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Features of EJB 3.0

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Features of EJB 3.0

     

Now its time to look over the new features of EJB 3.0 that provides some simplification over the previous EJB API. There are various simplification made in EJB 3.0 like:

  • No need of home and object interface.
  • No need of any component interface.
  • Made use of java annotations.
  • Simplifies APIs to make flexible for bean's environment.

Now we will discuss all the above aspects of EJB3.0 that makes the EJB programming model simple and more efficient.

Elimination of Home and Remote Interfaces: Deprecation of home and remote interfaces simplifies the development. The new session beans contain all the business methods inside the business interface. The bean provider designates the business interface as local business interface or the remote business interface or both according to the client whether it is local or remote. Business methods on remote interface can throw arbitrary application exceptions, while they are not  allowed to throw java.rmi.RemoteException. While in case of EJB 2.1 all the methods of home and object interface throws the java.rmi.RemoteException. Package javax.ejb.EJBException encapsulates exceptions such as protocols, system level problems, or otherwise that the container returns to the client. Since EJBException is the subclass of the java.rmi.RemoteException therefore we did not include it in throws clause of business methods.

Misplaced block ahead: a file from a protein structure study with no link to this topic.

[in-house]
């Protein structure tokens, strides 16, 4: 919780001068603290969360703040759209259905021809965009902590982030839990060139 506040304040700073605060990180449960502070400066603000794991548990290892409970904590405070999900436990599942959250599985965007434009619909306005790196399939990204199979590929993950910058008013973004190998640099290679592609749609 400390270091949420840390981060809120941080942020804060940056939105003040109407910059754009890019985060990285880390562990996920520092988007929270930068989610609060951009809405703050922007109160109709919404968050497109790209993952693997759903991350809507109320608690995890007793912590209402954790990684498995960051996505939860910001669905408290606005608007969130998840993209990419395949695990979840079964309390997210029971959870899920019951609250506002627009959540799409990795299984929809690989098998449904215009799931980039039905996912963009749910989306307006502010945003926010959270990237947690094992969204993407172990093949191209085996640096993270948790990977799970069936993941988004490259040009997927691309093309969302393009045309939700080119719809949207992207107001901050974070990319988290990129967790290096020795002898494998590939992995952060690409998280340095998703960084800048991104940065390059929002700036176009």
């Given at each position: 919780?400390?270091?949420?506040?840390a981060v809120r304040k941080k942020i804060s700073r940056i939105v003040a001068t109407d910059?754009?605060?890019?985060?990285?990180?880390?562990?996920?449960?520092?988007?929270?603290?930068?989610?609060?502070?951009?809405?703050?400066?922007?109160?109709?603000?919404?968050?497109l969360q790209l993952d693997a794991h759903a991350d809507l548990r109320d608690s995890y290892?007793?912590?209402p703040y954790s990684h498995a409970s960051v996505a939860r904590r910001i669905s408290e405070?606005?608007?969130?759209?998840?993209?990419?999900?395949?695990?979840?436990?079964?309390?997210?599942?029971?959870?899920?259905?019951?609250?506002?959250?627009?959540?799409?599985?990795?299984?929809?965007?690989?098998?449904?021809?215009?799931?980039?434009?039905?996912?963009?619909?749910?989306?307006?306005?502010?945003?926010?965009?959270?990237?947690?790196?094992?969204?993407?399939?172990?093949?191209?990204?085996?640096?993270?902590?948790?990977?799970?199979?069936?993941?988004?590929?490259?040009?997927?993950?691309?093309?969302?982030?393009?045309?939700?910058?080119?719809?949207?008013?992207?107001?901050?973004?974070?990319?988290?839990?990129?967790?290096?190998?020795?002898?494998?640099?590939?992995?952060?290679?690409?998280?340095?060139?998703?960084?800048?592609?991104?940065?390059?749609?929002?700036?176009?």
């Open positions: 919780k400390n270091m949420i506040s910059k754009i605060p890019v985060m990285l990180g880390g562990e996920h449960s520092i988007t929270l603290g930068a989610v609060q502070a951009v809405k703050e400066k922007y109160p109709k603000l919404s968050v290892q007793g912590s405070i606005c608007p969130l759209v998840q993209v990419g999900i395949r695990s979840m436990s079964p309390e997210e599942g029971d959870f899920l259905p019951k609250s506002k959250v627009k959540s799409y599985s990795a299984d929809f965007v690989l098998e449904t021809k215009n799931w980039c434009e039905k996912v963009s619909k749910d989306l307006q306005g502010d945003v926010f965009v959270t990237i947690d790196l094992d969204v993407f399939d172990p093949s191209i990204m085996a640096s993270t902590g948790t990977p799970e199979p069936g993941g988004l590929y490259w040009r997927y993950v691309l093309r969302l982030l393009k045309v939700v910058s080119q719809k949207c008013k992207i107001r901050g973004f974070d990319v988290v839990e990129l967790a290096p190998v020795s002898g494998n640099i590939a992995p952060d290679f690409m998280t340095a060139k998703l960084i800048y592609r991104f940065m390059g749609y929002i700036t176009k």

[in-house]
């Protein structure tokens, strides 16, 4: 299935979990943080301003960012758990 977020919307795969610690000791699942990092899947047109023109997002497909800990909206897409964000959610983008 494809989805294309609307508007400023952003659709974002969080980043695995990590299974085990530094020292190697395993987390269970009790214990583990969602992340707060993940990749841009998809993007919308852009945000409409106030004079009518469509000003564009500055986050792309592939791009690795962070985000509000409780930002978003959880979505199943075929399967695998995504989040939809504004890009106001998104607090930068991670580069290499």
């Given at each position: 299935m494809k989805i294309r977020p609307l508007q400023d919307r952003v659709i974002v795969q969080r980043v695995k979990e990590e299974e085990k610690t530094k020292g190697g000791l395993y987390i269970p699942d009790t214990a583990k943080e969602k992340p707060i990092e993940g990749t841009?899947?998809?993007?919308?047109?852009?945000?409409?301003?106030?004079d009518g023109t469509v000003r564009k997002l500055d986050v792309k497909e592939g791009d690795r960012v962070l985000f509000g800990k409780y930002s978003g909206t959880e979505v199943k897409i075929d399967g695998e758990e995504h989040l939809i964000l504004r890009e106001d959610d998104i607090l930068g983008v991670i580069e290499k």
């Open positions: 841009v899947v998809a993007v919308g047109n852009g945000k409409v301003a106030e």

A message driven bean does not need to include the business interface as there is no direct interaction of the client with the message driven bean. Whenever a MDB has an unexpected problem then the container logs the error and communicate it with the help of javax.ejb.EJBException to the corresponding resource adapter rather than the client.

Elimination of Component Interface: Component interface in EJB2.1 or in earlier versions are used to provide a way through which the container notifies the bean instances of various life cycles they are affecting it. The previous versions of the component interface are used to stay in the events in its lifecycle. These component interfaces includes the various life cycles methods implemented by the bean class. The container used to call the appropriate method of the component interface to handle the bean's instance life cycle events according to the way it wants.